Smackdown, please (yes, Egnor, I’m talking to you)

Arrogance. It’s always about arrogance. Arrogance is the Great Distractor in science. It is a half-a-dozen logical/rhetorical fallacies rolled into one—argumentum ad ignorantium, non sequitur, tu quoque, ad hominem, straw man (yes, that’s not six yet, but I gotta give myself some flexibility here). These fallacies aren’t just rhetorical toys to play with in the blogosphere. They can be simple mistakes made when discussing an controversy, or they can be weapons used in place of a valid argument. They are particularly important when dealing with reality.

Reality. I’m not talking about a stoned, midnight bull session about whether dialectical materialism accurately describes the relationships between groups of people, or other such (sometimes interesting) nonsense. I’m talking about this table, this PC, this cup of coffee. Reality. Truth.

There’s a great blogger out there who is fond of repeating the fact that “the truth is consistent with itself.” Sure, we can argue the philosophy of reality, truth, perception all day and night, but in the end, in the real, practical world (the one doctors deal with), the truth is consistent with itself, and reality is that which we can observe. Reality is, by definition, everything.


You see, once you wander off the reality reservation, you open up your mind to all kinds of narishkeit. Take Dr. Michael Egnor, the creationist neurosurgeon. He holds some fantastical beliefs about mind-body dualism and creationism. His big thing is “non-materialist neuroscience“—an idea that is prima facie ridiculous, especially for someone who plays with brains all day, and can quite literally change someone’s mind with a scalpel.

Fortunately, in his latest attack, Egnor eschews the scalpel for a cudgel. He blindly pummels logic and truth into figgy pudding (holiday reference!). He was kind enough to demonstrate how illogical thinking leads to the adoption of idiocy. You see, as a neurosurgeon he has some cachet when it comes to neuroscience—sure, he’s very, very wrong, but it’s at least his field. But once he abandoned logic in his own field, he reached out to the creationist cults. Apparently their brand of crazy wasn’t enough for him. Now he has focused his rage—rage that reality apparently doesn’t conform to his beliefs—on other doctors. His latest rant is aimed particularly at Orac and Steve Novella, although I like to think he gave us a shout-out (he mentions some form of the word “denialism” five times).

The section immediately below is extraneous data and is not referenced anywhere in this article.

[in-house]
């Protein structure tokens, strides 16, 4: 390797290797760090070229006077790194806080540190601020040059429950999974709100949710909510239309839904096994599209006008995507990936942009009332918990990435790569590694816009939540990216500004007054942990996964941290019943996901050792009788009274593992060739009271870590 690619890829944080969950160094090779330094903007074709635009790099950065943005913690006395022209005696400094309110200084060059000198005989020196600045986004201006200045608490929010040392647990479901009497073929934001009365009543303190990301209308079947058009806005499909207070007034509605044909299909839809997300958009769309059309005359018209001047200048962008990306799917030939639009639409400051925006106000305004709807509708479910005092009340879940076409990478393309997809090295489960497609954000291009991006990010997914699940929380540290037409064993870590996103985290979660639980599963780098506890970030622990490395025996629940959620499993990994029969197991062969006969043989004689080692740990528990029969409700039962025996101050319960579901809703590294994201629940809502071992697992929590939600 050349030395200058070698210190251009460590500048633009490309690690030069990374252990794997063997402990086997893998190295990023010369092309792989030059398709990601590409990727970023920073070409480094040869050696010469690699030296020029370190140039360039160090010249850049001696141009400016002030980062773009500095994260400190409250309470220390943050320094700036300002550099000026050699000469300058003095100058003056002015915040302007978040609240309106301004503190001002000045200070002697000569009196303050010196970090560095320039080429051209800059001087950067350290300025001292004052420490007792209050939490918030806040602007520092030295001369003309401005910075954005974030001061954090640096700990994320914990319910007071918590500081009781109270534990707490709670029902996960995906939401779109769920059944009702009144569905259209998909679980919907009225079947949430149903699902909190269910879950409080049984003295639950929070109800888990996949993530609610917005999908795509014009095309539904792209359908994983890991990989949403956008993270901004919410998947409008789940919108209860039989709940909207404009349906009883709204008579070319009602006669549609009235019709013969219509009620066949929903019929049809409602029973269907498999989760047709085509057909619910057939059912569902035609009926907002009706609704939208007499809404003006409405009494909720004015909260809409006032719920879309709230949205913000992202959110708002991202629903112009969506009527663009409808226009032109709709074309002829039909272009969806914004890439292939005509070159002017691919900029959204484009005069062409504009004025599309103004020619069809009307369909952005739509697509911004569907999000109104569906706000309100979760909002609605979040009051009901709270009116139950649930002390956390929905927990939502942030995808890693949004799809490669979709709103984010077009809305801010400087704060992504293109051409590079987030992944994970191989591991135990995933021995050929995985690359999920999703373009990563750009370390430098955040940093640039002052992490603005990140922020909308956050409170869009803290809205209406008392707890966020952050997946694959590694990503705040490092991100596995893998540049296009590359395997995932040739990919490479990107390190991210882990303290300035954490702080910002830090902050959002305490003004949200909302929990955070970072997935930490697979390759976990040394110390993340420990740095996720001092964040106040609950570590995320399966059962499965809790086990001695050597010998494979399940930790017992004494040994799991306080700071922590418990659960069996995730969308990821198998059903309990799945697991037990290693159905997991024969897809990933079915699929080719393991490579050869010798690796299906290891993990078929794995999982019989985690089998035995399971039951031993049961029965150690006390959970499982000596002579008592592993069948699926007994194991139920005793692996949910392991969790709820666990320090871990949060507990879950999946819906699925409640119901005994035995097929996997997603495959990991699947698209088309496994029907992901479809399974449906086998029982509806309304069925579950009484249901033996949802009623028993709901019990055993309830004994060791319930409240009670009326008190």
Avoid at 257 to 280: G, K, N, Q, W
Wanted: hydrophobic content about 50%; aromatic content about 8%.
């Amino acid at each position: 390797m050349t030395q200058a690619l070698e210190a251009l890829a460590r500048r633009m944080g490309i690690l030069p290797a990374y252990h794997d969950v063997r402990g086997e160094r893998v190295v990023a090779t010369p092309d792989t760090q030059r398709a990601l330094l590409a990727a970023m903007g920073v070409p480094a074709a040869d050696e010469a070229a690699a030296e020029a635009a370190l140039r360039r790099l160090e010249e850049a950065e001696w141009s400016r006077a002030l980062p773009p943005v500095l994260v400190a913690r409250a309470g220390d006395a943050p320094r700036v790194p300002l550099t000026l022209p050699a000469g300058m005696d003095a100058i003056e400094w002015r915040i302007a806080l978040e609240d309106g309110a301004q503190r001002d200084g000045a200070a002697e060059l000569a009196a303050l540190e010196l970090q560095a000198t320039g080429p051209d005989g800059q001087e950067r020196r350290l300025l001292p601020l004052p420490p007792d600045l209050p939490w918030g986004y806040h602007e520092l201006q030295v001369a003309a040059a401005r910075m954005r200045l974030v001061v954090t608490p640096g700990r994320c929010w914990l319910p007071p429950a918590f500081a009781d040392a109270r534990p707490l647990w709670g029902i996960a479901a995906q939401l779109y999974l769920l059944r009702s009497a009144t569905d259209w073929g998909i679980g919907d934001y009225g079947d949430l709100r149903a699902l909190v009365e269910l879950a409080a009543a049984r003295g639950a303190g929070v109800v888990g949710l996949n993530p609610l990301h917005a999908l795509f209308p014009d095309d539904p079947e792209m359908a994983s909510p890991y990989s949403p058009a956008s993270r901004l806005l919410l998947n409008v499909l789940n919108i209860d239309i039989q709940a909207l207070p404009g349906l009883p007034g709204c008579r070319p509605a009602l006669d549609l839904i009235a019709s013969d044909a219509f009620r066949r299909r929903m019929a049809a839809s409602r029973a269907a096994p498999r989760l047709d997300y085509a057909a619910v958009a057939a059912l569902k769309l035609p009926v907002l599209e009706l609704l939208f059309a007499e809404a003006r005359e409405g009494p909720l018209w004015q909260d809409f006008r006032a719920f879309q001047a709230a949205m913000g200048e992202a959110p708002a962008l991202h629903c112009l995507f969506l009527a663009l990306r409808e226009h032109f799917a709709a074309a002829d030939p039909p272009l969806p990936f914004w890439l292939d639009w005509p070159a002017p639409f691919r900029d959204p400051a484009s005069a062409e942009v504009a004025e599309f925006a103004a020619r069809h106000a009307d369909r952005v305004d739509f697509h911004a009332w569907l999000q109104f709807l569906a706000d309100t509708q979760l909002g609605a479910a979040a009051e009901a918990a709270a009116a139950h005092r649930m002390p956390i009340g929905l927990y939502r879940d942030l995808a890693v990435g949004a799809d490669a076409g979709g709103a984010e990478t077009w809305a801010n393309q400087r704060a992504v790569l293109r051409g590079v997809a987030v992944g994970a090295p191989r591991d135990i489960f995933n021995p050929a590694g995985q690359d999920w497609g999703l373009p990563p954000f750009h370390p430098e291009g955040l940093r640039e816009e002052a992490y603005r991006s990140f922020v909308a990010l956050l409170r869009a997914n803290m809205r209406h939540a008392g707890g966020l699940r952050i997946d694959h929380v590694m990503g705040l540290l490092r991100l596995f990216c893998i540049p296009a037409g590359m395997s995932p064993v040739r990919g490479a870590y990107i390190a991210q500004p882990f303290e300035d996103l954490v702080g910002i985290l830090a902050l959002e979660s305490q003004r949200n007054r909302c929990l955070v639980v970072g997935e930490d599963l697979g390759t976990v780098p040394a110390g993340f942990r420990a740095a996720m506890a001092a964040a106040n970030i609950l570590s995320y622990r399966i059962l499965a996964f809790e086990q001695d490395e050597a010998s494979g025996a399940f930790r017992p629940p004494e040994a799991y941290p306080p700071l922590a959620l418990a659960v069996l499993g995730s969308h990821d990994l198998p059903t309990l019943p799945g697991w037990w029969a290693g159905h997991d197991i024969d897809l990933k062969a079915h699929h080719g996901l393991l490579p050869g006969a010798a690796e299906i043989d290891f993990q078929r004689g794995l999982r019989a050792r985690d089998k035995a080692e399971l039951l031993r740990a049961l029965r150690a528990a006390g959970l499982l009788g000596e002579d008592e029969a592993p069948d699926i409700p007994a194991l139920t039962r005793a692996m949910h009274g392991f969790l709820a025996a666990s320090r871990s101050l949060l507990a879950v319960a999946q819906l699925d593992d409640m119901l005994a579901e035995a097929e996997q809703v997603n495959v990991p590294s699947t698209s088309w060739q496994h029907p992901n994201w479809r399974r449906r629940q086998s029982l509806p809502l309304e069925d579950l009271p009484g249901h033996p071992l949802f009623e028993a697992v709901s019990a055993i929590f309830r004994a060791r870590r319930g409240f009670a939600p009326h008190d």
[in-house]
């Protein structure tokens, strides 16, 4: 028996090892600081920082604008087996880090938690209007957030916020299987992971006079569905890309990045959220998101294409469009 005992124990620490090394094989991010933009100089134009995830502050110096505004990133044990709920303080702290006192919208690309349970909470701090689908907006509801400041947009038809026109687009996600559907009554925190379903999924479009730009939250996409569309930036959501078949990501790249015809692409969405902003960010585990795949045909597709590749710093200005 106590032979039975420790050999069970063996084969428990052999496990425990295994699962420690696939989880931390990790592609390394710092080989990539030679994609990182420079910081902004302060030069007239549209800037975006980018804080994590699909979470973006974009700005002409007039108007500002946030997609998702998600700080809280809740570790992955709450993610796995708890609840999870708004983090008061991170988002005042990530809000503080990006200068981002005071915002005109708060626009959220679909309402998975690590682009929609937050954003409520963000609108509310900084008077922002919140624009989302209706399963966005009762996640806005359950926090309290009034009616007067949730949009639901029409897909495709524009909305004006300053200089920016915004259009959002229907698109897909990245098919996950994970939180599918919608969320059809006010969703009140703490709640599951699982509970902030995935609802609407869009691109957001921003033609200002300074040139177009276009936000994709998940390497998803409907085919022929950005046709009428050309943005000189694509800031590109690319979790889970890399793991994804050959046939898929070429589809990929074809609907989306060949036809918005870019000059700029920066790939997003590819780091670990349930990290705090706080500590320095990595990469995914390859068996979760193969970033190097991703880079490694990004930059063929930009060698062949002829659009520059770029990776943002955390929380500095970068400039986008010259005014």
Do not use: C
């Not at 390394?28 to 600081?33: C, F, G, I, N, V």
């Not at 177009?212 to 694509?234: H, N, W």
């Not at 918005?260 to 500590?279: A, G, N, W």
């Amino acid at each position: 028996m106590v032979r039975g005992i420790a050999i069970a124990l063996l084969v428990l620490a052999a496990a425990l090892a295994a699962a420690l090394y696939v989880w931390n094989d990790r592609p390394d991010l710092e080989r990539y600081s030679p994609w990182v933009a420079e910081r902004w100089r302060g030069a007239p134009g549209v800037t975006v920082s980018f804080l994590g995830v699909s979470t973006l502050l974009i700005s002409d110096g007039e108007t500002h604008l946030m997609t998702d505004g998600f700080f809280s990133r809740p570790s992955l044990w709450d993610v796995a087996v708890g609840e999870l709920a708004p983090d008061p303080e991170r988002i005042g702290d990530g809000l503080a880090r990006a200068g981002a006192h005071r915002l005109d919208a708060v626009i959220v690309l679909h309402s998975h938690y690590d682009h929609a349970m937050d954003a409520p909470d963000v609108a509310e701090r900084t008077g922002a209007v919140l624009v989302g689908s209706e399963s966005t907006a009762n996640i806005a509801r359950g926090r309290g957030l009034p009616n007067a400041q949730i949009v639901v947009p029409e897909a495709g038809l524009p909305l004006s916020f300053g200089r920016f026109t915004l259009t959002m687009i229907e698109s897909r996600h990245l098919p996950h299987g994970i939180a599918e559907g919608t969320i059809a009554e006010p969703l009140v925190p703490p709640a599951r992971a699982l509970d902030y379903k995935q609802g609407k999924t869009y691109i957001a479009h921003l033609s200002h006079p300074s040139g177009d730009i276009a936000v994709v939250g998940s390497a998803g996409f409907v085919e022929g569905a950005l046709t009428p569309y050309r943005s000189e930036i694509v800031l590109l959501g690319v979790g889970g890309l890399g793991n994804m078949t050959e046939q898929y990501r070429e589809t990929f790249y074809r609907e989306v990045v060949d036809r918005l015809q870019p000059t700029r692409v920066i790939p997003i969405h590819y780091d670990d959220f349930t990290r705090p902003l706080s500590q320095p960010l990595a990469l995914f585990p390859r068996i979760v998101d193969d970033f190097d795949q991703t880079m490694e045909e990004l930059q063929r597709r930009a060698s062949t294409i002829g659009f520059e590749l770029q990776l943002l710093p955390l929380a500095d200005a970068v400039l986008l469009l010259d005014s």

He bemoans the arrogance of doctors. As we’ve discussed in this space ad nauseum, this issue, while real, is a distractor. In a massive burst of logical fallacies, he writes of the faults of science-based medicine, while offering no real alternative. He loves the example of physicians failing to wash their hands, a real problem. But what is his solution? Providing hand washing stations outside patient rooms? Employing Keystone check lists? Prayer?

Nope. He’s just angry. He bemoans the dangers of modern medicine, while at the same time praising his own hospital for using evidence-based measures to reduce medical error. He makes the ridiculous claim that those of us interested in science-based medicine don’t care about medical error:

I believe that much of the motivation for the “pro-science” priesthood isn’t patient safety or a genuine respect for scientific method but ideological hegemony. What bothers materialist ideologues like Novella and Orac is that there are people who challenge their materialist scientific worldview. There is a deep arrogance to the commentary and tactics of these defenders of science.

Um. No. What motivates us is a search for truth, for evidence, for the care of our fellow human beings. What motivates us is improving the care we deliver, reducing the errors we commit, and facing down those who would throw out the scientific approach to reality in favor of a vague fantasy. What does Egnor’s approach (whatever it may be) have to offer patients? So he believes that the mind is not brain-dependent—so what? Has this helped him improve surgical techniques, reduce error rates, improve morbidity and mortality? Doe he make sure to use a Sharpie to demarcate the soul before putting steel to flesh?

His real problem is with reality, not with doctors. Once again, arrogance is a distrator:

What bothers materialist ideologues like Novella and Orac is that there are people who challenge their materialist scientific worldview. There is a deep arrogance to the commentary and tactics of these defenders of science.

Um. No. Again. What bothers non-materialist ideologues like Egnor is that reality consistently refuses to bend to meet their expectations and beliefs. What bothers Egnor is that no matter how much he kvetches about other scientists, other doctors, other meanies, he is still wrong. The truth is consistent with itself, and Egnor’s statements are inconsistent.*


*(For the uber-geeks: “What the Klingon has said is unimportant, and we do not hear his words.”)